Fidelity Institutional Wealth Adviser, registered in 2019, serves 7 state(s) with a licensed staff of 17 advisors. Fidelity Institutional Wealth Adviser manages $2.8 billion and provides investment advisory services for 1,881 clients (1:111 advisor/client ratio).
|Minimum Investment||Ask firm|
|Average Client Balance||$1,511,638|
|Total AUM||$2.8 billion|
|Fee Range||Ask firm|
|Advisor / Client Ratio||1:111|
|Languages Offered||Ask firm|
|SEC Filings||View SEC IAPD CRD #301896|
After checking the disciplinary records of Fidelity Institutional Wealth Adviser, our system has identified the following question(s) to ask. Learn more.
What happened? When? How many times did it occur? Will anyone that was involved be involved with my accounts in any capacity?
Our system found no other disciplinary questions to ask. Checks take place monthly.
After checking the regulatory records of Fidelity Institutional Wealth Adviser, our system has identified the following question(s) to ask. Learn more.
Currently Fidelity Institutional Wealth Adviser is also a Broker-Dealer or is affiliated with one. When firms are dual-registered as broker-dealers, they may be subject to compensation-related conflicts of interest, including revenue sharing from mutual funds, cross-selling of commissioned insurance products, and the sale of proprietary investment products. All of these conflicts can negatively impact clients via hidden fees and overall higher costs.
12b-1 fees increase the total annual cost of owning a mutual fund with no guarantee of higher returns. Some firms receive these fees as payments, which creates an incentive to promote them.
Fidelity Institutional Wealth Adviser recommends proprietary investments and products that could generate larger commissions than other similar non-proprietary products. This could also limit the number and diversity of investment options available to you and may impact their transferability. Do not be afraid to ask how much they will earn from the product or what other non-proprietary options are available.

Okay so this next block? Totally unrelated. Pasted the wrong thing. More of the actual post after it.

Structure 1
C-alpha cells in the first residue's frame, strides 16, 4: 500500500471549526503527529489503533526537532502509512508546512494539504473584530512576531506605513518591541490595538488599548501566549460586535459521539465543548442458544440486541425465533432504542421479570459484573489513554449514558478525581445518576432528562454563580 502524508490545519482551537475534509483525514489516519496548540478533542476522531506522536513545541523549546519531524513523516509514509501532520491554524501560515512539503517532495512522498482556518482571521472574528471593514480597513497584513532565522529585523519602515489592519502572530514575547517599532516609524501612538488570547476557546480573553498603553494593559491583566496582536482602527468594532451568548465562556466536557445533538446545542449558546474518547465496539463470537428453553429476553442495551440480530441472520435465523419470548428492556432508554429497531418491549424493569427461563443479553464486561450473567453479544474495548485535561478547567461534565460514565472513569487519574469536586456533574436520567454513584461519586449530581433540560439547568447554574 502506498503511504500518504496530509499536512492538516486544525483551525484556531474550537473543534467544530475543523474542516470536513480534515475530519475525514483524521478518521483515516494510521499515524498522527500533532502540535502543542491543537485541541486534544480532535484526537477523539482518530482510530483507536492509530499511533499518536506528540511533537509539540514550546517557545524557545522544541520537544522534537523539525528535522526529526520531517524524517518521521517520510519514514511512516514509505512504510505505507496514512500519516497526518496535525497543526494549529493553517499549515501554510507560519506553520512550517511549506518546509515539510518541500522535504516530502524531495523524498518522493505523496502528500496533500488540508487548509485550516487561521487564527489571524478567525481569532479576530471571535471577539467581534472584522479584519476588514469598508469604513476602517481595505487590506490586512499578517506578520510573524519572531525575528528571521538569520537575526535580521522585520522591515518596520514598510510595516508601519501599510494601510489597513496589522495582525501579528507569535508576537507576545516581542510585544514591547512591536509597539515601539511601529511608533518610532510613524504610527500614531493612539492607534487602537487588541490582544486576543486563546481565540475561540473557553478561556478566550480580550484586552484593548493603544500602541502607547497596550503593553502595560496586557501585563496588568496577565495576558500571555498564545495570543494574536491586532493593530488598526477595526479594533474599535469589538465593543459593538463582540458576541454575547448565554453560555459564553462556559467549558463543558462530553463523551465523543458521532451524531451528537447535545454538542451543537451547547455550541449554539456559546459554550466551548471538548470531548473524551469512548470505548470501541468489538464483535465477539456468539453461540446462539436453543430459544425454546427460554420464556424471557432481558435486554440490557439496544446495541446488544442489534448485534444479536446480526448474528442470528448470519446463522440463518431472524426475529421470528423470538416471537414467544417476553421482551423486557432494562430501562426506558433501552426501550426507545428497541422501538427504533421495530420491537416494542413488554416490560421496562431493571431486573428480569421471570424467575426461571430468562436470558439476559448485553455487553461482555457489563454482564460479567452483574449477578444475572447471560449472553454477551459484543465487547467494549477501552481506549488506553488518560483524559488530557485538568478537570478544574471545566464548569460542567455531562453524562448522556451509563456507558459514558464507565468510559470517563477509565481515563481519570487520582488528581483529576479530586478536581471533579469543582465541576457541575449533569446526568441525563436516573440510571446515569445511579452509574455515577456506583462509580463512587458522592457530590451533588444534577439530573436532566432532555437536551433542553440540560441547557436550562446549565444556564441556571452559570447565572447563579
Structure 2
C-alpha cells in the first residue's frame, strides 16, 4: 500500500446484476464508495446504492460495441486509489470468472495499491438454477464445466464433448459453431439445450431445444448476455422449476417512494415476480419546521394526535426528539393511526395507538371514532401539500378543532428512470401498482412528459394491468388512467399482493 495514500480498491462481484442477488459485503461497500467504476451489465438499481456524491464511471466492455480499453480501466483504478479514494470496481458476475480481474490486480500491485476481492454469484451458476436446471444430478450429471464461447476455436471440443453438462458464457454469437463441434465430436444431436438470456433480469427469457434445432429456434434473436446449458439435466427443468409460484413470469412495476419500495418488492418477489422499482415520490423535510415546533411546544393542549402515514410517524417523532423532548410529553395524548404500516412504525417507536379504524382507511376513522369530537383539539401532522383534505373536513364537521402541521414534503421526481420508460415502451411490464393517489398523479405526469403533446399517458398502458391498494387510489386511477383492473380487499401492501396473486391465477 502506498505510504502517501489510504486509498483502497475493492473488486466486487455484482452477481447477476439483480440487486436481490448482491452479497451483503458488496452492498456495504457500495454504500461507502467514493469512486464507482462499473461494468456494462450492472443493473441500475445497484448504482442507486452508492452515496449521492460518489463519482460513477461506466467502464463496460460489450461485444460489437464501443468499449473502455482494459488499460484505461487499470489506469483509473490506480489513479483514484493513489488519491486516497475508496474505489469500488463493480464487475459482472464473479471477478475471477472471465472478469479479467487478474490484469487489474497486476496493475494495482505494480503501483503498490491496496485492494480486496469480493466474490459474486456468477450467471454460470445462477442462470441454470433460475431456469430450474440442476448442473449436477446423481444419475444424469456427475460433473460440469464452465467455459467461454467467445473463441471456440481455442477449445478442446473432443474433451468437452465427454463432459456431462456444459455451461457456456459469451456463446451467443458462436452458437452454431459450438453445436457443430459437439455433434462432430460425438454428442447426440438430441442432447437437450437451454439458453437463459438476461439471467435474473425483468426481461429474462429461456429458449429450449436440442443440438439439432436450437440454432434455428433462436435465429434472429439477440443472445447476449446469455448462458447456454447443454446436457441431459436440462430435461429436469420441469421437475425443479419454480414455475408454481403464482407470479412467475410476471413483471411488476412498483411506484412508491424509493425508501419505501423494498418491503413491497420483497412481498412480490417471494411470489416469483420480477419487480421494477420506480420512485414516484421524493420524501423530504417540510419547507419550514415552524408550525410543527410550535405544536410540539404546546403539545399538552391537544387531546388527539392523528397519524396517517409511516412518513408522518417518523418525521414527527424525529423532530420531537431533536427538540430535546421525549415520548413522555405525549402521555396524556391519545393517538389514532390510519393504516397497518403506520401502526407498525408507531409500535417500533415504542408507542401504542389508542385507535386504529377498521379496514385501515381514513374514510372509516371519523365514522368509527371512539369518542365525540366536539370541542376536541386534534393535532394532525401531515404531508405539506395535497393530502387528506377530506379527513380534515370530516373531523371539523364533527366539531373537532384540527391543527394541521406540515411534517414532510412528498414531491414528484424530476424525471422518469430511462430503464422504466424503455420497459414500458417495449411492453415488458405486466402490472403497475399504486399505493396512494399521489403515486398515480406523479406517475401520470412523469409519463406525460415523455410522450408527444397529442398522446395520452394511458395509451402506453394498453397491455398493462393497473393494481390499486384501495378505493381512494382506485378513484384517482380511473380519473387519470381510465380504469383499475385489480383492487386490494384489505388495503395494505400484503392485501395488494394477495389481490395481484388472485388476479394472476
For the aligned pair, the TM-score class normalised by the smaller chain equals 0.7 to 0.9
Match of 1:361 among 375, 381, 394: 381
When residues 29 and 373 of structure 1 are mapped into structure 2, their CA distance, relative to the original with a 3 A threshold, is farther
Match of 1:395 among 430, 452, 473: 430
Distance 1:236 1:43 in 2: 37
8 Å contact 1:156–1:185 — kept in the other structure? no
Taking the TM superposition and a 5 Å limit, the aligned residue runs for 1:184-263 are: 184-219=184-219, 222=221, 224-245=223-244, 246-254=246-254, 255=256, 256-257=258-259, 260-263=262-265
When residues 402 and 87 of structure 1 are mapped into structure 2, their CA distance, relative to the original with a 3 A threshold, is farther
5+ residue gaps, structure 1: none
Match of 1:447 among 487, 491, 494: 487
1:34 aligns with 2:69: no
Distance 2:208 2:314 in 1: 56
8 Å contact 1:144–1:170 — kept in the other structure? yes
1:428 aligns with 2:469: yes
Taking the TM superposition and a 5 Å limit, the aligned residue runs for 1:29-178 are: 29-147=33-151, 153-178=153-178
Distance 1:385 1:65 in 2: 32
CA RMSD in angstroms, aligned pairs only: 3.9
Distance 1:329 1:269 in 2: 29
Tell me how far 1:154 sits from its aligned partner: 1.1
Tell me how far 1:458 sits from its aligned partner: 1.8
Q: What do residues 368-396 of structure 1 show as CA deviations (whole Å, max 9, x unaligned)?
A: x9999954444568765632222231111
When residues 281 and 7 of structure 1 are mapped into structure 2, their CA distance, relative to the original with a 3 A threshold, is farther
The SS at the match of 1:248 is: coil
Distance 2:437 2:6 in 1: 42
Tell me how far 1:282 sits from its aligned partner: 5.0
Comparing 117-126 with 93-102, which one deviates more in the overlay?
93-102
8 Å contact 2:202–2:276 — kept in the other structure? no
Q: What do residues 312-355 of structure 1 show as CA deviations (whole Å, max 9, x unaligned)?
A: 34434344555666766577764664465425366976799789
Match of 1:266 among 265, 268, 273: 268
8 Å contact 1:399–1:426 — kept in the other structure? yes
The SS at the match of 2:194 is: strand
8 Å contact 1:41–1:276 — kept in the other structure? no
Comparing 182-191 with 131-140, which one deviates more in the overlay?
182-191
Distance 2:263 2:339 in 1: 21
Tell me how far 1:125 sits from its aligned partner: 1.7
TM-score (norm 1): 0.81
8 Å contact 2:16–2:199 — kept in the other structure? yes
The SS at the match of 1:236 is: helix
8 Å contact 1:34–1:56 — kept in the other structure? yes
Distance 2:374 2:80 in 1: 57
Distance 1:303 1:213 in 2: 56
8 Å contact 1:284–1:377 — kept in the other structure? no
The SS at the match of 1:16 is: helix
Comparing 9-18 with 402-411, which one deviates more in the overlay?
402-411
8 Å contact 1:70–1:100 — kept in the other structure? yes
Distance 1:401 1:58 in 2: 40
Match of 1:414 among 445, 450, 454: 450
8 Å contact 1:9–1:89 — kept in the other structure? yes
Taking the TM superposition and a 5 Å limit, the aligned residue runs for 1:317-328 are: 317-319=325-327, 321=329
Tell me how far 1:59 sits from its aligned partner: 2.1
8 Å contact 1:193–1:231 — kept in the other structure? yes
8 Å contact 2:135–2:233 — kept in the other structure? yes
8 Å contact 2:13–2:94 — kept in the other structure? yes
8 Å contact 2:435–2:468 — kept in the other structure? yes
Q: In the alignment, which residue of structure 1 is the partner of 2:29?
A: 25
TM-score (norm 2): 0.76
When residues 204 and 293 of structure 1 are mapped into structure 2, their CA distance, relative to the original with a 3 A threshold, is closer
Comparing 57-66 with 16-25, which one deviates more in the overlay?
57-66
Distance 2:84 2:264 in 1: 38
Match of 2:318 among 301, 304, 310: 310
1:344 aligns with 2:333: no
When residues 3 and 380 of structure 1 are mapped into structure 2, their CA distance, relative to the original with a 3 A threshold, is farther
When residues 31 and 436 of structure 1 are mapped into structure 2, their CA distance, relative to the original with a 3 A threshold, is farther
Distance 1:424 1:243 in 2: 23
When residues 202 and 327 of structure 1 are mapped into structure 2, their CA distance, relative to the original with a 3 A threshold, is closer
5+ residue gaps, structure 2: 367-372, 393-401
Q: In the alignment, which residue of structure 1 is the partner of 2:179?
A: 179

When performance-based fees are charged, the financial advisor is paid for outperforming a benchmark, typically an index. While this may seem like an attractive compensation structure to ensure your advisor is making your money work for you, often, the managers of those products are incentivized to take inappropriate risks to beat their performance benchmark. For instance, research has shown that mutual funds that use incentive fees take on more risk that funds that do not, and tend to double down and increase their risk following a poor performance. This could be detrimental to a client during down markets.
This typically occurs when firms manage mutual funds or hedge funds alongside smaller retail accounts. Side-by-side management can create an incentive for the advisor to favor the larger funds, potentially leading to unequal trading costs and unfavorable trade executions for their retail clients.
Fidelity Institutional Wealth Adviser recommends securities that they may have recently taken public or otherwise have controlling interest over. This relationship could introduce bias where a firm and its advisors may push those products over others that may have a more favorable performance with which they are not affiliated.
Fidelity Institutional Wealth Adviser receives soft-dollar benefits that could incentivize them to push trades through broker-dealers that provide advantages to the firm instead of through broker-dealers that could provide the best trade execution for their clients.
Fidelity Institutional Wealth Adviser has marked in their disclosures that they trade recommended securities. While this often can be seen as "eating your own cooking," there are several inherent conflicts that can arise. For example, front running is when a financial professional buys or sell securities ahead of their client. In short, any financial professional should disclose all positions they hold (or have sold short) that they will also be recommending to you.